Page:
By Wikimedia Commons

The Highest Court in the Building

The Law School’s Hemenway Gymnasium has been graced by law school legends ranging from Barack Obama to Ted Cruz.
By Aaron J. Miller

Twenty Harvard Law School graduates have gone on to serve on the U.S. Supreme Court, so it isn’t a stretch to imagine that current students will one day follow. But before reaching The Highest Court in the Land, in all likelihood, Law School students will first stop by The Highest Court in the Building.

That’s the term students have coined for the basketball court on the top floor of the Law School’s Hemenway Gymnasium, which has been graced by law school legends ranging from Barack Obama to Ted Cruz and continues to serve as a sort of second home for some students.

“It’s a different type of vibe,” says third-year Law student Jonathan Wall (no relation to the NBA player of the same name), who is on the court more days than not. “It’s something about the gym being small. You’re kind of forced to know everyone who comes in there. That’s one of the main things that make it special.”

Hemenway’s court conjures up flashbacks to basketball’s earlier days. The sub-regulation-sized court’s lines run just feet from the gym’s bare white walls. The three point lines are a hop step from half court, and two massive box fans unsuccessfully attempt to make up for a lack of air conditioning in the warmer months.

But the aesthetics aren’t the only old school thing about Hemenway: Games get chippy. You only call a foul if you mean it. First to 18, twos and threes. Always full-court.

“That’s the way it’s always been,” Wall says.

President Barack Obama is said to have been a Hemenway regular—by some accounts, he laced up once or twice a week; by others, nearly every day.

“He had a decent shot, could drive to the basket and had good reach,” says Seth Farber ’86, who graduated from the Law School in 1989, overlapping with Obama for a year. “Interestingly, his demeanor in those games was similar to his demeanor now. He was one of the more level-headed, even tempered players.”

“If there was any knock against Barack, he pulled his socks up a little too high and his shorts were a little too small,” actor Hill Harper, a close friend of Obama’s from Harvard, once told the Dallas Morning News. “We were just at the beginning of the Michael Jordan era. He more harkened back to the Julius Erving era.”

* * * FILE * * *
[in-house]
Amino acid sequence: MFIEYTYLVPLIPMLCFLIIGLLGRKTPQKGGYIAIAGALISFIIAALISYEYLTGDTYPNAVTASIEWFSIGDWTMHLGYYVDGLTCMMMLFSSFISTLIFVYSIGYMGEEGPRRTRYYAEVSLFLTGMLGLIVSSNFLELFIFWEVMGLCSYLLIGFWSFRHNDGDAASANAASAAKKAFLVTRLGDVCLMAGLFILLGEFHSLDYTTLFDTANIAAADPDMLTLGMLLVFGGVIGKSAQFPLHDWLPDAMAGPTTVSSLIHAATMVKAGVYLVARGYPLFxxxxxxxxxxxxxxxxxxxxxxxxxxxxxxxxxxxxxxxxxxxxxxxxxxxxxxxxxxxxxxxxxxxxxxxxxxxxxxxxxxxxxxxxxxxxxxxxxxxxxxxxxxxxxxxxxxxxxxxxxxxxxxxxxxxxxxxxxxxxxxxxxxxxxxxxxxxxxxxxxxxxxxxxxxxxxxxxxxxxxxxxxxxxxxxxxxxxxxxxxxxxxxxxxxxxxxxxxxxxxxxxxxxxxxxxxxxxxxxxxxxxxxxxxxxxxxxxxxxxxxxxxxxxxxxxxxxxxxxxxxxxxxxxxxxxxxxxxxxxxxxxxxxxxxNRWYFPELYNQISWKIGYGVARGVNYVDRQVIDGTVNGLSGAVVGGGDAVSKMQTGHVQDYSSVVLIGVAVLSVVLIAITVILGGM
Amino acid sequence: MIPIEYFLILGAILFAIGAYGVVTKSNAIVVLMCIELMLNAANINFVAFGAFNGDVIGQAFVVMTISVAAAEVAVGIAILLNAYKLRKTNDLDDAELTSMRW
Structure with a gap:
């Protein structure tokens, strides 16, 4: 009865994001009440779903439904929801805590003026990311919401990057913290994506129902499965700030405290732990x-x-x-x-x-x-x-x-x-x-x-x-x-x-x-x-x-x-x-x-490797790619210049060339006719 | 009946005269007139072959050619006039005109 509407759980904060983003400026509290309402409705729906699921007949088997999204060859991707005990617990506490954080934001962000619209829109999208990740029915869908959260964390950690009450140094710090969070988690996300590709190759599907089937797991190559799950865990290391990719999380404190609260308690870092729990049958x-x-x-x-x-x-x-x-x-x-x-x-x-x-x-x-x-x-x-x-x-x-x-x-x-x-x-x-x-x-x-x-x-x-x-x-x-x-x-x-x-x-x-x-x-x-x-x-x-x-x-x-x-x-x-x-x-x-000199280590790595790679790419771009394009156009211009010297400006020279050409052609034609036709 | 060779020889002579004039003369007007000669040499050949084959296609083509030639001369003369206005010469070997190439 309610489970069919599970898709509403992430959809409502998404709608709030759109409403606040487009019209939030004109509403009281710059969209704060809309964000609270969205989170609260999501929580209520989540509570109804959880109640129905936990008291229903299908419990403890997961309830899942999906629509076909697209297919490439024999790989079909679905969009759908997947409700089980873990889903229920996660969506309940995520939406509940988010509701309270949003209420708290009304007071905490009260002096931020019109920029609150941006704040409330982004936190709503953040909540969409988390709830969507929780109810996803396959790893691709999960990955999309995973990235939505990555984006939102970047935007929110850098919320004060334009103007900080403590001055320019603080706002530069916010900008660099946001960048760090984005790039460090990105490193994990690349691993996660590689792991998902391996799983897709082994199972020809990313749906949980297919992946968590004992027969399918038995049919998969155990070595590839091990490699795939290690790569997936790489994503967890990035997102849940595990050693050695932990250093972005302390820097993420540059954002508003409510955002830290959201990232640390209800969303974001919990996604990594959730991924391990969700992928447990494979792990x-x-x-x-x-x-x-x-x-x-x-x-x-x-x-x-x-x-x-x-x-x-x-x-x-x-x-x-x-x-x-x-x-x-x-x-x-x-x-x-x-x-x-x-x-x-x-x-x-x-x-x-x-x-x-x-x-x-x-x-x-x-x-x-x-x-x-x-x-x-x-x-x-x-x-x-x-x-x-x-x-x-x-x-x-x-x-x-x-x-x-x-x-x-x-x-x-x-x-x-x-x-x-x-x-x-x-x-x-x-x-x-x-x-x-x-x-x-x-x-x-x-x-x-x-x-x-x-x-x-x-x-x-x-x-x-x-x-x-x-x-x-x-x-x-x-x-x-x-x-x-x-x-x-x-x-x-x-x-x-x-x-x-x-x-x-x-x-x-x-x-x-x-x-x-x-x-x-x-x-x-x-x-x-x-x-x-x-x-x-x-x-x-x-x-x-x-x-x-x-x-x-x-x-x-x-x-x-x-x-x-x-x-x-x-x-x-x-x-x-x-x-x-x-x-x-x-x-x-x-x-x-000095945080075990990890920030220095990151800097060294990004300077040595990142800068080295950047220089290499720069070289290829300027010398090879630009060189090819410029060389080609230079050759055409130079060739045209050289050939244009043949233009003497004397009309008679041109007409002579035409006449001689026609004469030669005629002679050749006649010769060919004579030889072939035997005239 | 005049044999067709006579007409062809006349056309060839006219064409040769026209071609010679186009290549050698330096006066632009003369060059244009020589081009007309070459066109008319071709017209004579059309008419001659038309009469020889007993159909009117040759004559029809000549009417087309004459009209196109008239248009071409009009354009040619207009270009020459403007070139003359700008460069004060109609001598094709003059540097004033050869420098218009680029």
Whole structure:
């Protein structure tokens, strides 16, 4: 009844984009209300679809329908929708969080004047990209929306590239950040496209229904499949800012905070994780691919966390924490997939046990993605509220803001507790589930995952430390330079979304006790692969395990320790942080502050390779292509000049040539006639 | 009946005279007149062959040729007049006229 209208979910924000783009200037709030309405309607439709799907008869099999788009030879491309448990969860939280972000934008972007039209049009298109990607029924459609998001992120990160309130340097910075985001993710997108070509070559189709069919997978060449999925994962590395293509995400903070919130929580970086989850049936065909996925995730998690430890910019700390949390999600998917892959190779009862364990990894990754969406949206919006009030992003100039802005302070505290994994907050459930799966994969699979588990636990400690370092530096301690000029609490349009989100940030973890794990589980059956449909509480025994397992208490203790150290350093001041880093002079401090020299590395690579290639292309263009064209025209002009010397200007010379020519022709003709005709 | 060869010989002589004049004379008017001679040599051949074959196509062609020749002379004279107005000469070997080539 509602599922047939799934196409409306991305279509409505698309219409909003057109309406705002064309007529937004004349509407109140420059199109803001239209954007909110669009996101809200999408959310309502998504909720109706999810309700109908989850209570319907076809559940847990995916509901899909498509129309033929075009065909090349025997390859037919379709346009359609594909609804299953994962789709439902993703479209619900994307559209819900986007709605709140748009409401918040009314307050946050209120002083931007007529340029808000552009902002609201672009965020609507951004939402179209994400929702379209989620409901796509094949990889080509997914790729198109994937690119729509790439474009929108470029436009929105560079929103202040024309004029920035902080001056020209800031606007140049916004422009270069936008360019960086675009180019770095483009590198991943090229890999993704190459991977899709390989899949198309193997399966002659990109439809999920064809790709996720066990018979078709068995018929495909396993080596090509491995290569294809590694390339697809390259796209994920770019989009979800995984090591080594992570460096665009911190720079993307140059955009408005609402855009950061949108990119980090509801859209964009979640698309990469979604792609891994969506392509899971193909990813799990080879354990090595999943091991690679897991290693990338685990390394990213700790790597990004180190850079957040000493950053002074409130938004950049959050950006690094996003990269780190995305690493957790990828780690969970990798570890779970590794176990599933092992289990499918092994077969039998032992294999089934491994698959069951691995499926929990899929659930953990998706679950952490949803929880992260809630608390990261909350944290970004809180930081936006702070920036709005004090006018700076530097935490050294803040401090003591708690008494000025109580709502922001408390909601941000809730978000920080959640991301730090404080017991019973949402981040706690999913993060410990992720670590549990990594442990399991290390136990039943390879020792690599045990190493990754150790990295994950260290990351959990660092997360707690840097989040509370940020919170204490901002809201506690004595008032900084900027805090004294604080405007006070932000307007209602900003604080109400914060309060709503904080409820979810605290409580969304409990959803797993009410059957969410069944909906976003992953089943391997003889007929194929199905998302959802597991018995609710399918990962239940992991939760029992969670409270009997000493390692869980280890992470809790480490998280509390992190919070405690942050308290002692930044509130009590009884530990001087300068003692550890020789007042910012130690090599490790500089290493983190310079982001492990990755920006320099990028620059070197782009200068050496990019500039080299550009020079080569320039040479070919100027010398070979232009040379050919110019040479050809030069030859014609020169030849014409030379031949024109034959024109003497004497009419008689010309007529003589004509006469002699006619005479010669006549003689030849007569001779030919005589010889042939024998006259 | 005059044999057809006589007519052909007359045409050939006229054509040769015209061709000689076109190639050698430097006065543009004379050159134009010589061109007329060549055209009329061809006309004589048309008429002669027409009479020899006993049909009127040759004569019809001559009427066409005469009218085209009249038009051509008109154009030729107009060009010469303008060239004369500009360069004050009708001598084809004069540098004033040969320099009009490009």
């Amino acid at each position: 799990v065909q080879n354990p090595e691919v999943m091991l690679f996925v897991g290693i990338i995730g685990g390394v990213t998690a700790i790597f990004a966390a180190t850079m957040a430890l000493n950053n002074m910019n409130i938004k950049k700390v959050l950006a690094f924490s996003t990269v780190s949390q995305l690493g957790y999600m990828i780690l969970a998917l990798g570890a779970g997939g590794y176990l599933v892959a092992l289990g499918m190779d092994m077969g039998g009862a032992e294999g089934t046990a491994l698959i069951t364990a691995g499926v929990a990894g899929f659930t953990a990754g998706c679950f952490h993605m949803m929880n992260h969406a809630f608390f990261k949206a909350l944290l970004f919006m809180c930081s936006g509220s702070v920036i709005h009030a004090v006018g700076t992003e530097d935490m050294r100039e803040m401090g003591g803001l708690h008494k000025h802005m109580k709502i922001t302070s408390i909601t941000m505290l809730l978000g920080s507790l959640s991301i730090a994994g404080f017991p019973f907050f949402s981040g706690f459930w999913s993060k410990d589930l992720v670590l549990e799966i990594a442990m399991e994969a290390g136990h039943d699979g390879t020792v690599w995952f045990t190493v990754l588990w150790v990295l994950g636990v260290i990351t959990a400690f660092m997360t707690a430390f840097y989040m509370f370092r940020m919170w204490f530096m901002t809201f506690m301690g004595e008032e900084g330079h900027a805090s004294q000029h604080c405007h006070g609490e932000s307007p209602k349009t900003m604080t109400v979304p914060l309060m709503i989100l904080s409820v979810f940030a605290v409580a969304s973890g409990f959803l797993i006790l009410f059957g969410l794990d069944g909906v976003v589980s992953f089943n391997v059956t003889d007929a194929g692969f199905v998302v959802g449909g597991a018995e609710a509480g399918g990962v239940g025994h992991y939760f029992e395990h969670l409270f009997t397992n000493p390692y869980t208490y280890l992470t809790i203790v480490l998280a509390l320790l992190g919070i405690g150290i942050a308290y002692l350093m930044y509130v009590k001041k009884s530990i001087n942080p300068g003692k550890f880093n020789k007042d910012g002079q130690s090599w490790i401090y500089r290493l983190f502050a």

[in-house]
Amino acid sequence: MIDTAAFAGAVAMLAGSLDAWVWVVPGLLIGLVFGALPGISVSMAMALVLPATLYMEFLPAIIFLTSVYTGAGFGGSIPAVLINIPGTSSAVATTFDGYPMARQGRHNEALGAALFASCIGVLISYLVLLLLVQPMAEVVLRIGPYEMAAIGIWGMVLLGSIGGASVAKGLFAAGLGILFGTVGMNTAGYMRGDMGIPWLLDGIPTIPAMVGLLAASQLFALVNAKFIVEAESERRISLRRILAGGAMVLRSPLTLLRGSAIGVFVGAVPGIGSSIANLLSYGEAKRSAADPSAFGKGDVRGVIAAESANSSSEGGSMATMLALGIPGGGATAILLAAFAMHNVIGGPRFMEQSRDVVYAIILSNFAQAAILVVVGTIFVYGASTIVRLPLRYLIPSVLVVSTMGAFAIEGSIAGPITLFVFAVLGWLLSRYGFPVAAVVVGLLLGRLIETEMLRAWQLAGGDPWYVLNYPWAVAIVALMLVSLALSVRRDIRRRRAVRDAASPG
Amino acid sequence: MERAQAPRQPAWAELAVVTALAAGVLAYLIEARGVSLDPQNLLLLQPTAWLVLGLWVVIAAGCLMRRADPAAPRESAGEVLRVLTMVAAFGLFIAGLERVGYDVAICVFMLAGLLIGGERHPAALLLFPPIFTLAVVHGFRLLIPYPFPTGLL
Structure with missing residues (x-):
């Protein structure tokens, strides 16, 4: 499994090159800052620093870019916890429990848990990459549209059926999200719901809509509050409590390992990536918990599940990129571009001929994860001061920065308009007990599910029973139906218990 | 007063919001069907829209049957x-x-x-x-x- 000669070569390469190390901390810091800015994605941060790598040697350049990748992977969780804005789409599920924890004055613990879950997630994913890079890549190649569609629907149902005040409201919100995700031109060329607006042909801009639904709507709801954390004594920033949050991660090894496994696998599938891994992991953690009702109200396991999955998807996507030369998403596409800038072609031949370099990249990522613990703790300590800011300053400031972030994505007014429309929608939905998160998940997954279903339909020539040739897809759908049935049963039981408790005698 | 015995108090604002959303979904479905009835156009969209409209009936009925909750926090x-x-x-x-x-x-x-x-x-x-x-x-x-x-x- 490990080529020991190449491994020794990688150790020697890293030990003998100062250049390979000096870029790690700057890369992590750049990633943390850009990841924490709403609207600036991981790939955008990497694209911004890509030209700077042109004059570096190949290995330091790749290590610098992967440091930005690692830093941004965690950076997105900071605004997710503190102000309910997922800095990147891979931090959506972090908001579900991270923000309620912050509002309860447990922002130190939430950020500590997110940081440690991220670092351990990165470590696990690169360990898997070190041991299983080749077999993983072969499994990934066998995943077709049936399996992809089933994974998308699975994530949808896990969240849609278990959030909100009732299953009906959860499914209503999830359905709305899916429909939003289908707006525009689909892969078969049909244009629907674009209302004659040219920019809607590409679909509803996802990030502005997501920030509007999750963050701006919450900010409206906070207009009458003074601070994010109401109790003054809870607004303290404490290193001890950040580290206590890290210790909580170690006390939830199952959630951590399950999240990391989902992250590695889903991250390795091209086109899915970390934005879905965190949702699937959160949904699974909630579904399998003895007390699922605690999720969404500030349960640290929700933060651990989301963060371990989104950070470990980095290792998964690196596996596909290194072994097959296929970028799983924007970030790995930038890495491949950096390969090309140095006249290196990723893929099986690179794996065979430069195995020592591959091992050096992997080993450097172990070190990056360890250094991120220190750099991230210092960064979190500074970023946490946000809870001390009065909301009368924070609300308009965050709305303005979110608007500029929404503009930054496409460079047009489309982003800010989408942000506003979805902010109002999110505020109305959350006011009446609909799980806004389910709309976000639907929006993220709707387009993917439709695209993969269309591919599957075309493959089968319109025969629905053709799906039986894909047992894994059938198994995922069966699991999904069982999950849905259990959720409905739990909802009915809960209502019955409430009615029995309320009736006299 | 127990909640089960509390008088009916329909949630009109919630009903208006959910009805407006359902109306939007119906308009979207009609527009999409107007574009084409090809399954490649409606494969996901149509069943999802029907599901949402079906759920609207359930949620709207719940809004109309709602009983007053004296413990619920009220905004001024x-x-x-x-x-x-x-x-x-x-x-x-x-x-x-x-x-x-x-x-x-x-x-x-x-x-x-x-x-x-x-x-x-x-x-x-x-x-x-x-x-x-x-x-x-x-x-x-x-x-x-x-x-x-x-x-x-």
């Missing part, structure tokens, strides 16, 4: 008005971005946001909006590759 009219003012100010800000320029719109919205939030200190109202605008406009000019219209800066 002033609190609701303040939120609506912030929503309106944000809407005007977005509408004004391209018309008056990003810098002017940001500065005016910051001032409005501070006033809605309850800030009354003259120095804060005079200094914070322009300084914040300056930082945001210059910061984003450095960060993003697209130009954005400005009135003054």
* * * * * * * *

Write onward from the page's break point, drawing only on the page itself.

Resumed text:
Ted Cruz, not exactly known for his similarities to President Obama, lived next door to Hemenway, and also frequented the court for intramural basketball and volleyball.

All this history might not be immediately obvious to someone stepping into Hemenway for the first time. The gym has gotten several facelifts since it was built in 1938, including one last winter.

“Everything looked really new to me since I stepped in there, so I never thought about the history,” Wall says. “But you look at the list of alumni, there’s no way they didn’t step in the gym at least once and play basketball.”

The current group of regulars, which coordinates through GroupMe, now looks to continue that legacy.

Wall, from Raleigh N.C., attended Morehouse College and the Harvard Graduate School of Education before law school and said he initially struggled to find the time to play basketball before cementing it as a priority.

“A lot of times, it could seem so crazy that I spend this time not in the study room,” Wall says. “But basketball means that much to me and this group of guys, too.”

For many students, the gym also serves as a respite from the lecture rooms and laborious routines at Harvard.

“All these guys: I’ve been in heated battles against them and with them by my side,” Wall says. “That just brings people together in a more organic way than some of the artificial things that you see in the Law School, like clubs and organizations to put on your resume.”

“Basketball is basketball. But it was the people that made the experience unique,” Tristan Threatt ’18 tells me. “You’re able to listen to the guys who are there and learn from their experiences.”

That said, in many ways, the nuances of play are vintage Harvard Law. On the sidelines, players waiting for the next game can often be heard discussing summer jobs and classes. And occasionally someone will try to use legal jargon to explain things happening on the court (e.g. “the presumption of that call…”).

In his first year, Wall recalls, a middle-aged man was “calling crazy fouls,” and they got into a bit of a scuffle. Some of the older Law students, horrified, pulled Wall aside and told him to cool down. The man was renowned Law professor Noah Feldman.

But ultimately, Hemenway is about more than its history and transcends the day-to-day grind of Harvard.

“When people ask me where I’ve found my roots in the Law School,” Wall says, “it’s a difficult question to answer, because I actually feel like it’s in Hemenway in the gym with those guys.”

He adds, “The earlier you realize that it’s more than just pickup basketball, the more fun you’ll have.”

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